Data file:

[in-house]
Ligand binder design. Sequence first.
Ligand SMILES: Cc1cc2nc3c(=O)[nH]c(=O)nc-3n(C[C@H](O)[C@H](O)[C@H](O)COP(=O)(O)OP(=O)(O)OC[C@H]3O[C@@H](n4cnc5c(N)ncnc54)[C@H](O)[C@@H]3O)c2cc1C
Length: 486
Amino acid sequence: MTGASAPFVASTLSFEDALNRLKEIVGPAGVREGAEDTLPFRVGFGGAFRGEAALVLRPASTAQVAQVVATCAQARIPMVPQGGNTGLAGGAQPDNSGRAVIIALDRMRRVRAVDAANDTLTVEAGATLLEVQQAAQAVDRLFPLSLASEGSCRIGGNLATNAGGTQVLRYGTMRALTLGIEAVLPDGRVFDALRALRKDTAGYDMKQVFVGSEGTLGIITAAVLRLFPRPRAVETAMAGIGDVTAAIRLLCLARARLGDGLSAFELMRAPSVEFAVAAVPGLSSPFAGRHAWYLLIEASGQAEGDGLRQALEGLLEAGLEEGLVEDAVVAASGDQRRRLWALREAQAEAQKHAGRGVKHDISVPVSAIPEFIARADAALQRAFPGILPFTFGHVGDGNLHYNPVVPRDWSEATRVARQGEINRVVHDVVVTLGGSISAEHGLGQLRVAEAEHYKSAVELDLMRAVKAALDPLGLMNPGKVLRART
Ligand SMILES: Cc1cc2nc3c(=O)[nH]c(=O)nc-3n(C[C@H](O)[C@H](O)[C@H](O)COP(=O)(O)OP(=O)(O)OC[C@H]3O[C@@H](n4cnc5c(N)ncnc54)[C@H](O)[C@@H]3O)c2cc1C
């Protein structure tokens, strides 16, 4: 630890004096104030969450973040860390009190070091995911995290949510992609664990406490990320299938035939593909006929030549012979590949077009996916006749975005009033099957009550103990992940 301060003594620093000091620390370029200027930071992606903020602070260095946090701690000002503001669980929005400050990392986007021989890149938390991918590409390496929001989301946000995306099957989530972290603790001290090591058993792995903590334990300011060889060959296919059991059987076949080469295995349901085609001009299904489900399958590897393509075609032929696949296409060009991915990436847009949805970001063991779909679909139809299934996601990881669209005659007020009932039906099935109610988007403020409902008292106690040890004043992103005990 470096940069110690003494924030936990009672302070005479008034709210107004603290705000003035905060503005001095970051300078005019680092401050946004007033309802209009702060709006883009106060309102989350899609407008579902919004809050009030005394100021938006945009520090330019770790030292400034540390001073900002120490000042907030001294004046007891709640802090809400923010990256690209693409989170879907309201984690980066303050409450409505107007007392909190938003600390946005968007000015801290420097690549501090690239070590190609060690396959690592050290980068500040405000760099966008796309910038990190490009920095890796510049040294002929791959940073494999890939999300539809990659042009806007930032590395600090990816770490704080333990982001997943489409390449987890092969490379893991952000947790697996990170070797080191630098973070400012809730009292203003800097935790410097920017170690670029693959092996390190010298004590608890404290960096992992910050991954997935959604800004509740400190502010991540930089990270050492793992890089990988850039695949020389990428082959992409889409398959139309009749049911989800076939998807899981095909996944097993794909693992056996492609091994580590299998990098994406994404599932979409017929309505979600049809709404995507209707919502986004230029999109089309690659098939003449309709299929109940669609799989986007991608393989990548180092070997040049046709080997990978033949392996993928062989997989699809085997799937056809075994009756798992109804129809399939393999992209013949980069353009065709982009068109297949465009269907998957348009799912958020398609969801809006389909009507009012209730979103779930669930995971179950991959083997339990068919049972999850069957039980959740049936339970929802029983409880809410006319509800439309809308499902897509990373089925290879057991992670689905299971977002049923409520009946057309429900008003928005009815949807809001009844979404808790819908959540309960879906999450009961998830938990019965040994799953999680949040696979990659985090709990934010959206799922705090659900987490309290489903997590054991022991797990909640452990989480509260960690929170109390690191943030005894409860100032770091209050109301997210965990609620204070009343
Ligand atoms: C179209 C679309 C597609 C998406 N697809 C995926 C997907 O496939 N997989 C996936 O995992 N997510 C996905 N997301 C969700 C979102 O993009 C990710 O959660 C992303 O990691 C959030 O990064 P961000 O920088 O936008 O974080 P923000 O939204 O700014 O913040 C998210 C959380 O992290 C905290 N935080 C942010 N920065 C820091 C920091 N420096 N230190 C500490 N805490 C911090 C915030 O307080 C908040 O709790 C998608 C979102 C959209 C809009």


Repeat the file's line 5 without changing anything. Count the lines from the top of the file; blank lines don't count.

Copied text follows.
Amino acid sequence: MTGASAPFVASTLSFEDALNRLKEIVGPAGVREGAEDTLPFRVGFGGAFRGEAALVLRPASTAQVAQVVATCAQARIPMVPQGGNTGLAGGAQPDNSGRAVIIALDRMRRVRAVDAANDTLTVEAGATLLEVQQAAQAVDRLFPLSLASEGSCRIGGNLATNAGGTQVLRYGTMRALTLGIEAVLPDGRVFDALRALRKDTAGYDMKQVFVGSEGTLGIITAAVLRLFPRPRAVETAMAGIGDVTAAIRLLCLARARLGDGLSAFELMRAPSVEFAVAAVPGLSSPFAGRHAWYLLIEASGQAEGDGLRQALEGLLEAGLEEGLVEDAVVAASGDQRRRLWALREAQAEAQKHAGRGVKHDISVPVSAIPEFIARADAALQRAFPGILPFTFGHVGDGNLHYNPVVPRDWSEATRVARQGEINRVVHDVVVTLGGSISAEHGLGQLRVAEAEHYKSAVELDLMRAVKAALDPLGLMNPGKVLRART